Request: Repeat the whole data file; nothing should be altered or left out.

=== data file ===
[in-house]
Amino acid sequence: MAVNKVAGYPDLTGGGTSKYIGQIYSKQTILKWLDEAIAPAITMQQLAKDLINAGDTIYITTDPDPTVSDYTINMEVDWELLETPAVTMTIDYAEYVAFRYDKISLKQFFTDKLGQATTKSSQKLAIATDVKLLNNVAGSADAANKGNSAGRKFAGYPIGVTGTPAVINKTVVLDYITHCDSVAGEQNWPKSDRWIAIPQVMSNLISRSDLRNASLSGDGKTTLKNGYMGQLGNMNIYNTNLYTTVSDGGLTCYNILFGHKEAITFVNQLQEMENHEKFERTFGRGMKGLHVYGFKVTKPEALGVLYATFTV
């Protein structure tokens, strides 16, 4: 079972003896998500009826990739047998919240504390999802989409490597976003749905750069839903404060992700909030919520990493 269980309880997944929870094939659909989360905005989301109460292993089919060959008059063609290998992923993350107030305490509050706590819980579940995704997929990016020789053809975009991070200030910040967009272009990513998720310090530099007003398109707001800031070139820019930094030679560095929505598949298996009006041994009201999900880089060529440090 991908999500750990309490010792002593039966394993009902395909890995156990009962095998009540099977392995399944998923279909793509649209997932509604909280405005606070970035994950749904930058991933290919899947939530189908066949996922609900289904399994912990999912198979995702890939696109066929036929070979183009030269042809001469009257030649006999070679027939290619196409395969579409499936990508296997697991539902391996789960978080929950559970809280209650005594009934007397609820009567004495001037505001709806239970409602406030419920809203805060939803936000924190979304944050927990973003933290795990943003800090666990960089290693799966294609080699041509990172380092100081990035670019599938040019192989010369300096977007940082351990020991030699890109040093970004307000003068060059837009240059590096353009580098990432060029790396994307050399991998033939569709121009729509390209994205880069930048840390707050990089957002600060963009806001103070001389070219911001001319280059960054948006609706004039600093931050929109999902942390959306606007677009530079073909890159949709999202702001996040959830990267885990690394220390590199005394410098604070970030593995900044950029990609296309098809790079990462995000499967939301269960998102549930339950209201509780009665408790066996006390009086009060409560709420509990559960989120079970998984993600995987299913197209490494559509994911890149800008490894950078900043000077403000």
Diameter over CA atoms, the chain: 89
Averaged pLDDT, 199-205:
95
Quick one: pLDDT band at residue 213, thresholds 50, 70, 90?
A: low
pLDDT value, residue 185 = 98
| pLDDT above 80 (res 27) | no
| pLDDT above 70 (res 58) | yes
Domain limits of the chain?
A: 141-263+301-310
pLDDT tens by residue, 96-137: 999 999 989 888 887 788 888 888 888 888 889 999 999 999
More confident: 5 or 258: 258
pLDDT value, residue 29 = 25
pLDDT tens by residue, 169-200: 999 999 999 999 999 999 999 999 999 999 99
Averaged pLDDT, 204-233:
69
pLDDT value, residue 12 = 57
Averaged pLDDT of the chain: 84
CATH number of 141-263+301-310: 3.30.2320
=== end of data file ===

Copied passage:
[in-house]
Amino acid sequence: MAVNKVAGYPDLTGGGTSKYIGQIYSKQTILKWLDEAIAPAITMQQLAKDLINAGDTIYITTDPDPTVSDYTINMEVDWELLETPAVTMTIDYAEYVAFRYDKISLKQFFTDKLGQATTKSSQKLAIATDVKLLNNVAGSADAANKGNSAGRKFAGYPIGVTGTPAVINKTVVLDYITHCDSVAGEQNWPKSDRWIAIPQVMSNLISRSDLRNASLSGDGKTTLKNGYMGQLGNMNIYNTNLYTTVSDGGLTCYNILFGHKEAITFVNQLQEMENHEKFERTFGRGMKGLHVYGFKVTKPEALGVLYATFTV
């Protein structure tokens, strides 16, 4: 079972003896998500009826990739047998919240504390999802989409490597976003749905750069839903404060992700909030919520990493 269980309880997944929870094939659909989360905005989301109460292993089919060959008059063609290998992923993350107030305490509050706590819980579940995704997929990016020789053809975009991070200030910040967009272009990513998720310090530099007003398109707001800031070139820019930094030679560095929505598949298996009006041994009201999900880089060529440090 991908999500750990309490010792002593039966394993009902395909890995156990009962095998009540099977392995399944998923279909793509649209997932509604909280405005606070970035994950749904930058991933290919899947939530189908066949996922609900289904399994912990999912198979995702890939696109066929036929070979183009030269042809001469009257030649006999070679027939290619196409395969579409499936990508296997697991539902391996789960978080929950559970809280209650005594009934007397609820009567004495001037505001709806239970409602406030419920809203805060939803936000924190979304944050927990973003933290795990943003800090666990960089290693799966294609080699041509990172380092100081990035670019599938040019192989010369300096977007940082351990020991030699890109040093970004307000003068060059837009240059590096353009580098990432060029790396994307050399991998033939569709121009729509390209994205880069930048840390707050990089957002600060963009806001103070001389070219911001001319280059960054948006609706004039600093931050929109999902942390959306606007677009530079073909890159949709999202702001996040959830990267885990690394220390590199005394410098604070970030593995900044950029990609296309098809790079990462995000499967939301269960998102549930339950209201509780009665408790066996006390009086009060409560709420509990559960989120079970998984993600995987299913197209490494559509994911890149800008490894950078900043000077403000």
Diameter over CA atoms, the chain: 89
Averaged pLDDT, 199-205:
95
Quick one: pLDDT band at residue 213, thresholds 50, 70, 90?
A: low
pLDDT value, residue 185 = 98
| pLDDT above 80 (res 27) | no
| pLDDT above 70 (res 58) | yes
Domain limits of the chain?
A: 141-263+301-310
pLDDT tens by residue, 96-137: 999 999 989 888 887 788 888 888 888 888 889 999 999 999
More confident: 5 or 258: 258
pLDDT value, residue 29 = 25
pLDDT tens by residue, 169-200: 999 999 999 999 999 999 999 999 999 999 99
Averaged pLDDT, 204-233:
69
pLDDT value, residue 12 = 57
Averaged pLDDT of the chain: 84
CATH number of 141-263+301-310: 3.30.2320